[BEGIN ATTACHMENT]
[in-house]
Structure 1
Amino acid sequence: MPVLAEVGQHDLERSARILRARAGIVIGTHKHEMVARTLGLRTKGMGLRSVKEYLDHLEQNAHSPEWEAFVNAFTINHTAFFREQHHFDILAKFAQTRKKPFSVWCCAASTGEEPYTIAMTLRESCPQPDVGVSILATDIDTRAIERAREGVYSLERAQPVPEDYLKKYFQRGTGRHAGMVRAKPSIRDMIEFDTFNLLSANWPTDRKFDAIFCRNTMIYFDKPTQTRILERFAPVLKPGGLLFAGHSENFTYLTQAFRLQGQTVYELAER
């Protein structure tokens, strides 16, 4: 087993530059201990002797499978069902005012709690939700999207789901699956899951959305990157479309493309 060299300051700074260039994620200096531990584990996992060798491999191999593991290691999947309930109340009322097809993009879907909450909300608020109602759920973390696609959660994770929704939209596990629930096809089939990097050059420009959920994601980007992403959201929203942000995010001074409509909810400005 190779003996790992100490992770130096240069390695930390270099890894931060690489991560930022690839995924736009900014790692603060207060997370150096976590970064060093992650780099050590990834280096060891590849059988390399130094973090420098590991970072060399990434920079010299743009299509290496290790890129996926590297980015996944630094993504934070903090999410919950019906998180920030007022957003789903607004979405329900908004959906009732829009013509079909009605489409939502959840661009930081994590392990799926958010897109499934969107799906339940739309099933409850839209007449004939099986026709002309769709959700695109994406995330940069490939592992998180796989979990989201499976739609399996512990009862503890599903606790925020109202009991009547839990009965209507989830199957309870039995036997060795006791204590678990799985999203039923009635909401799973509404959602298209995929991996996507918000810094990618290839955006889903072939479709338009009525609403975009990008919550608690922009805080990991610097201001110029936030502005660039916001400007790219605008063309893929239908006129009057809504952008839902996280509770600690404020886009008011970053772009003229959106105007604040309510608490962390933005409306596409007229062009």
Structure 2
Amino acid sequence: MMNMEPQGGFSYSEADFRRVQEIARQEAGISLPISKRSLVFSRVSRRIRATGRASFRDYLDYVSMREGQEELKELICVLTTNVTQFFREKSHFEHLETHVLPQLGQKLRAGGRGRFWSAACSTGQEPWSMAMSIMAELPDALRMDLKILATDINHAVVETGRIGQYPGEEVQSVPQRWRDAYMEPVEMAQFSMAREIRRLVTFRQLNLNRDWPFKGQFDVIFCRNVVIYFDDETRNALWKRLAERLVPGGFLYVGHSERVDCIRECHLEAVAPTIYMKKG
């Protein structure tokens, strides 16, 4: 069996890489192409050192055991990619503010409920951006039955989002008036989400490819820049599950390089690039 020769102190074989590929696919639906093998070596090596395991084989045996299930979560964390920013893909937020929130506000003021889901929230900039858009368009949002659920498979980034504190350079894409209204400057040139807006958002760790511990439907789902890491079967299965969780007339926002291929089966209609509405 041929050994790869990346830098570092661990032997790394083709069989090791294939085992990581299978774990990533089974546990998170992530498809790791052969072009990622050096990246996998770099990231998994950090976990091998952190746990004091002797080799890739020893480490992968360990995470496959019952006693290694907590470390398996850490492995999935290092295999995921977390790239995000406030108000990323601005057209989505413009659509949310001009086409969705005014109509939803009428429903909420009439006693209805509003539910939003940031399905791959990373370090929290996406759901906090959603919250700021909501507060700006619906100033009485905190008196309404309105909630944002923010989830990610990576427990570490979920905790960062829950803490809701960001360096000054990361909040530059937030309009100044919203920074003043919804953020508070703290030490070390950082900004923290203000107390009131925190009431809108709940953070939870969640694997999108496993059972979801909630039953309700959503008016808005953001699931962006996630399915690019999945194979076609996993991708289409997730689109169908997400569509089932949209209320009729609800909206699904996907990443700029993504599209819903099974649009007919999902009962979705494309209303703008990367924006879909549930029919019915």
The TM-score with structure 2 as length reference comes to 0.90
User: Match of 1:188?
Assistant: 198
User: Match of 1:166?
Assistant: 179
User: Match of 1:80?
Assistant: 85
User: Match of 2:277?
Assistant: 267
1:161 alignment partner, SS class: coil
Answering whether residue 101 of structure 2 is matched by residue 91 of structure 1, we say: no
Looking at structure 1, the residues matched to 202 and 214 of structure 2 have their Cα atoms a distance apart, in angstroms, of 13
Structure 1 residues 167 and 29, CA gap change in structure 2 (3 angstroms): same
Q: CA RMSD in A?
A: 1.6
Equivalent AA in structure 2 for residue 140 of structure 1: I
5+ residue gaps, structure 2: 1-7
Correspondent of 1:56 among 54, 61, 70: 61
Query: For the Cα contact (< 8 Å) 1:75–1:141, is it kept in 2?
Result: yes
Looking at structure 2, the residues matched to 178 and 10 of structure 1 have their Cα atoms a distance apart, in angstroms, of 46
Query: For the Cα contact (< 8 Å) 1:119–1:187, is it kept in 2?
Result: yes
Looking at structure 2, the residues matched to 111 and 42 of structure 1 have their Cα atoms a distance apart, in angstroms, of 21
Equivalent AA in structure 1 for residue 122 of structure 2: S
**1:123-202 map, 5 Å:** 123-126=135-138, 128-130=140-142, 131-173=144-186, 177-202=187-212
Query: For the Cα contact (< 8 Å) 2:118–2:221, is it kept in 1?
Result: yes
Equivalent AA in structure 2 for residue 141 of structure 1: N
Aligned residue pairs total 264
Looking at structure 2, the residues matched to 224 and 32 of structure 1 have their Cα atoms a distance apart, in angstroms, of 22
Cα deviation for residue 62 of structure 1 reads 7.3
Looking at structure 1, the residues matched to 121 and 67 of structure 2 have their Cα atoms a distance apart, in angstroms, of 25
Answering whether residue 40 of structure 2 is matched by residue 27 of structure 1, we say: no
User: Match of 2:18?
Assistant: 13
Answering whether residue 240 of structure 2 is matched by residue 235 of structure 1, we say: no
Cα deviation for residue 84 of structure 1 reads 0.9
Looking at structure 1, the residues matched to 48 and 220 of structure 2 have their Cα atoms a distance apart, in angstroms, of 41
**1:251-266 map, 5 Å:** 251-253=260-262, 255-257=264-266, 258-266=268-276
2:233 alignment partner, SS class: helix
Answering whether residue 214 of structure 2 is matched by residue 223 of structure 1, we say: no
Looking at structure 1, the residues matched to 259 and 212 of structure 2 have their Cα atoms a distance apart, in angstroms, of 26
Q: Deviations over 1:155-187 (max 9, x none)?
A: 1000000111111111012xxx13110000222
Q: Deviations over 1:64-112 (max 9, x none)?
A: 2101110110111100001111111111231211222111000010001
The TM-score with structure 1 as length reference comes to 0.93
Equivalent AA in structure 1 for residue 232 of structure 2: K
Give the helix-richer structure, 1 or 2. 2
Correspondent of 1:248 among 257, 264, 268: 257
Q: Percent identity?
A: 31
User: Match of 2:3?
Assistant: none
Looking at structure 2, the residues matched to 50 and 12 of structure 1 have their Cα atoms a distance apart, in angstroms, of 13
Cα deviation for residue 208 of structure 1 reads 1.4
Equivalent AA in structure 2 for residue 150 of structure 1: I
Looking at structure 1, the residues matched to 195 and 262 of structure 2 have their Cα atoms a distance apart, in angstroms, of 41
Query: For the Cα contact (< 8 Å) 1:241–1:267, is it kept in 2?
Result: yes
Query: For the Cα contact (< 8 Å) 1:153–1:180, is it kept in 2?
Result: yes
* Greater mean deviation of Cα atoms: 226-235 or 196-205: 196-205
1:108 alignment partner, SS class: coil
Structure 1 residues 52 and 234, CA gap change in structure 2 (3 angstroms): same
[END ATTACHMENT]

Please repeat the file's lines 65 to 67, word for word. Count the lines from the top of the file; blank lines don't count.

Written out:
Equivalent AA in structure 2 for residue 150 of structure 1: I
Looking at structure 1, the residues matched to 195 and 262 of structure 2 have their Cα atoms a distance apart, in angstroms, of 41
Query: For the Cα contact (< 8 Å) 1:241–1:267, is it kept in 2?